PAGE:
All Kurbin farmers know Ymer. The 61-year-old man has been a veterinarian for over 30 years. Many people also know him as a poet and researcher in the area. He has published four books, and he reveals that he considers journalism to be his second profession, though he doesn't hold a degree.
Ymer states that his work as a veterinarian, although difficult, never dissipated his desire to write articles, poetry, and chronicles mainly about farmers.
His job with the Agricultural Office secures income for his family, but he voluntarily engages to support farmers. He is an enthusiast. "One is not driven by the pay, but from the desire to contribute to his country and fellow citizens to benefits morally and spiritually. There is no greater joy than seeing how a family lays the foundation to a sustainable economy," he states.
He does not have a regular schedule because he believes that "the farmer's concern is ever-pressing". At any given time, countless farmers find a welcoming source of advice and support on agriculture and farming.
Ymer is one of the earliest contributors to World Vision in Kurbin. Through his volunteering work, only these past five years, he has trained over 500 farmers, while also leading a group of 21 farmers. "Currently we have 20 groups with nearly 22 farmers each, whom we support continuously. In cooperation with World Vision, we have trained hundreds of farmers. We focused on small farmers, who are more in need of support. We trained them on animal husbandry, animal and pen hygiene, and breeding," he specifies.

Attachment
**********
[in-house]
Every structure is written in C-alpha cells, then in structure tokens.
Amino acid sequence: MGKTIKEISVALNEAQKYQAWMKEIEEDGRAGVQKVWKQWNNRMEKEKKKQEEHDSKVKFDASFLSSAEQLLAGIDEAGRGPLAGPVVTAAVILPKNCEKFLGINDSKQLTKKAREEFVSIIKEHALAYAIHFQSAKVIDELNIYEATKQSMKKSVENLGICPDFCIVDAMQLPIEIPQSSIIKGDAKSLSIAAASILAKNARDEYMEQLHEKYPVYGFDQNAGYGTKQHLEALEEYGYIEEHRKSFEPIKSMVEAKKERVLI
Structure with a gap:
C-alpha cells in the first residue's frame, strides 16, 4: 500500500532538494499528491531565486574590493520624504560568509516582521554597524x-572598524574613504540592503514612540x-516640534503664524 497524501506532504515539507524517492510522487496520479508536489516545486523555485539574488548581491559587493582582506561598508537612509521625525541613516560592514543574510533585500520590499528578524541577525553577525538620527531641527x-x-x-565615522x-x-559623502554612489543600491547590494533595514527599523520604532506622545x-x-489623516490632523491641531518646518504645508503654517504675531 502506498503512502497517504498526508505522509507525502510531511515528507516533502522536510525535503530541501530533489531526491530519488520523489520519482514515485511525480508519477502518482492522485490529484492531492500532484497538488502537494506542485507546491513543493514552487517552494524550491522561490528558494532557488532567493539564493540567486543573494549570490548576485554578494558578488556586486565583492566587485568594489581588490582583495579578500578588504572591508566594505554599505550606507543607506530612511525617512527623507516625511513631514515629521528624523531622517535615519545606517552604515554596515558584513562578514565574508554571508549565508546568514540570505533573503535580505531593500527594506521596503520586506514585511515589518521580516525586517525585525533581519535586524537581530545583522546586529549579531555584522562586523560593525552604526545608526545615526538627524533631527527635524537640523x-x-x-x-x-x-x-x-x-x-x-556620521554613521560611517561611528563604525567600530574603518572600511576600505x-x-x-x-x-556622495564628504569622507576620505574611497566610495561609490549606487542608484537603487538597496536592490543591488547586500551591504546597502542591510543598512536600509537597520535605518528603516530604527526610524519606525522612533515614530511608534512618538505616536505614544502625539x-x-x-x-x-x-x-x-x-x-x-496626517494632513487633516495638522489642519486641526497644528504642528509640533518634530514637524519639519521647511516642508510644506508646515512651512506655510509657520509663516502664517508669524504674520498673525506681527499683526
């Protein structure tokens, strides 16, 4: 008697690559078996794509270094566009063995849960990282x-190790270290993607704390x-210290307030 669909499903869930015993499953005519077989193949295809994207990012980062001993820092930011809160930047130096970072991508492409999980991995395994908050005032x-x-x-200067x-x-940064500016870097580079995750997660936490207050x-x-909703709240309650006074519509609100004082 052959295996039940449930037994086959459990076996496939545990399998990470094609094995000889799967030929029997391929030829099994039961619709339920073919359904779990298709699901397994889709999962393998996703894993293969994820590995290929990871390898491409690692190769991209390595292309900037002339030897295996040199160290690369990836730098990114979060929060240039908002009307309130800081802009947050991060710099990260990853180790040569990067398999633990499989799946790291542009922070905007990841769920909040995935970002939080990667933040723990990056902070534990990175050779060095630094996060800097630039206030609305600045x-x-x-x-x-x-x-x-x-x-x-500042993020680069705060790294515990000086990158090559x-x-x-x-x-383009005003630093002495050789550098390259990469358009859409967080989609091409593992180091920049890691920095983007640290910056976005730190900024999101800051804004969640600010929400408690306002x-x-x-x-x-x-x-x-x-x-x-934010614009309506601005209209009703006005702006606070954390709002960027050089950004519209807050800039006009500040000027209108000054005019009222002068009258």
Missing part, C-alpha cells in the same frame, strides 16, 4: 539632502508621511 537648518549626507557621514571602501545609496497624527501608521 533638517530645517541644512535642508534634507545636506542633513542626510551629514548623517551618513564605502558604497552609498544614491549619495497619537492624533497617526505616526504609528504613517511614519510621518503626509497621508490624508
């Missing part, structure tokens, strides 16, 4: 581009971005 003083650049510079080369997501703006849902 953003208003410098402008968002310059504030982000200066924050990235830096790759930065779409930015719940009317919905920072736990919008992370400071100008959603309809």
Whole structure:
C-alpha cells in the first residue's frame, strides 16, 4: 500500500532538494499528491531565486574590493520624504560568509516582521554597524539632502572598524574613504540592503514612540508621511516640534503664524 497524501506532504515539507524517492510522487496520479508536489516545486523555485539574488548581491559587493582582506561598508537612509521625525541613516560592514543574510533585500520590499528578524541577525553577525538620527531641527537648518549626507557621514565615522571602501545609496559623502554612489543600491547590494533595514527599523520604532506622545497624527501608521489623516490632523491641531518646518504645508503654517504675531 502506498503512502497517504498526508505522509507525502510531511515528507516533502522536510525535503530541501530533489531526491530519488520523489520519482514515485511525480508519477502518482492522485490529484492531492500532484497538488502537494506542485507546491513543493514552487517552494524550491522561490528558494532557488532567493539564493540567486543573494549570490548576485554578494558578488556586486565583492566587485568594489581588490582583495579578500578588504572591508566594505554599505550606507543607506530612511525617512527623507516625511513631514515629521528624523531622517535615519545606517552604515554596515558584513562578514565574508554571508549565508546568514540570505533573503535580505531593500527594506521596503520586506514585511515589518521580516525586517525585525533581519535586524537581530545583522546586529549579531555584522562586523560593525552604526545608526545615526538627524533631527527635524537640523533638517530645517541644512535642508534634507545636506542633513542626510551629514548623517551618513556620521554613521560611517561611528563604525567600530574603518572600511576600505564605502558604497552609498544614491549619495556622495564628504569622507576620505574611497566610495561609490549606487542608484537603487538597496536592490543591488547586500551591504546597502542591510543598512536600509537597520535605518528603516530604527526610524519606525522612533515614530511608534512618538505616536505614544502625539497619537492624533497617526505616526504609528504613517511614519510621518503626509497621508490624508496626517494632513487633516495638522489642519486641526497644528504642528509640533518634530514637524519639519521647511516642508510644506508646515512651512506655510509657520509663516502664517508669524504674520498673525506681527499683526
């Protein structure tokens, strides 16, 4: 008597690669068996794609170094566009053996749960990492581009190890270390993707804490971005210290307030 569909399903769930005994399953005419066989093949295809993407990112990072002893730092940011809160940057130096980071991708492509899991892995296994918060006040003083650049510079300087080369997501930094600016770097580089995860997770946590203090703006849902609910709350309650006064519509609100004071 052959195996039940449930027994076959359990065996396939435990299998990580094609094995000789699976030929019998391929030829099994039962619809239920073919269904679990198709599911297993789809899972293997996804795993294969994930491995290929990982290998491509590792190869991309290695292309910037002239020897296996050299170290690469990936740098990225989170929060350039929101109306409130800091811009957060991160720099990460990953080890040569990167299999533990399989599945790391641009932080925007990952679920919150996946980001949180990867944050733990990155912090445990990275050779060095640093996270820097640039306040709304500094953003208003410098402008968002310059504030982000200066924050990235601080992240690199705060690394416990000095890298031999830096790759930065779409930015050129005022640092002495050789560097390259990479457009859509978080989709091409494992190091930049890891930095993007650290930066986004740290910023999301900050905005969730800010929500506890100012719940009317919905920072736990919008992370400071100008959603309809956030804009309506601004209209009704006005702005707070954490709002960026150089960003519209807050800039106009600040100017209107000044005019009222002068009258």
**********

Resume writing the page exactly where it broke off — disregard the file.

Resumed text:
We meet with Ymer at his office, right after finishing another training with 32 farmers from various Kurbin villages. He passionately speaks of the completed projects and his engagement with the farmers and the whole community. "We have also carried out training on topics such as the value chain of agricultural products from the farmer to the consumer. Besides the training, farmers have been supported with inputs such as seedlings, chemical fertilizers, upgrading of the irrigation network, fitting of pens and distribution of livestock", Ymer states.
He proudly shares that in cooperation with World Vision, he has organized the first village fairs in the history of Kurbin. "Through the fairs we have promoted farmers' products. The most attractive fair was held in Gjorma village, renowned for its olive groves, with over 5,000 saplings," he recounts.
The farmers confirm they are satisfied not only with training but also with getting agricultural inputs. This helped them lay the foundations for a sustainable family business. Farmers state that they have learned how to tend to animals and plants while increasing their productivity and finding buyers for their products.
"Farmers are now cooperating with each other. They do most of the work jointly. They have established contacts and experiences. They are more connected. Farmers have increased their knowledge of their individual, work, and volunteer work.
The work done with World Vision speaks for itself. ''There have been hundreds of trainings, thousands of olive seedlings have been planted and thousands of lives have been changed,",Ymer concludes his story while calling for increased attention to agriculture and farming.
For the past two years, World Vision has worked with approximately 450 farmers in the Kurbin region. They have received training on animal husbandry and hygiene, feeding of plants, and on vegetable farming. One hundred farmers have been supported with agricultural inputs such as olives (1,500 seedlings), sprinkler pumps, grape strainers, cow milking machines, and even beehives.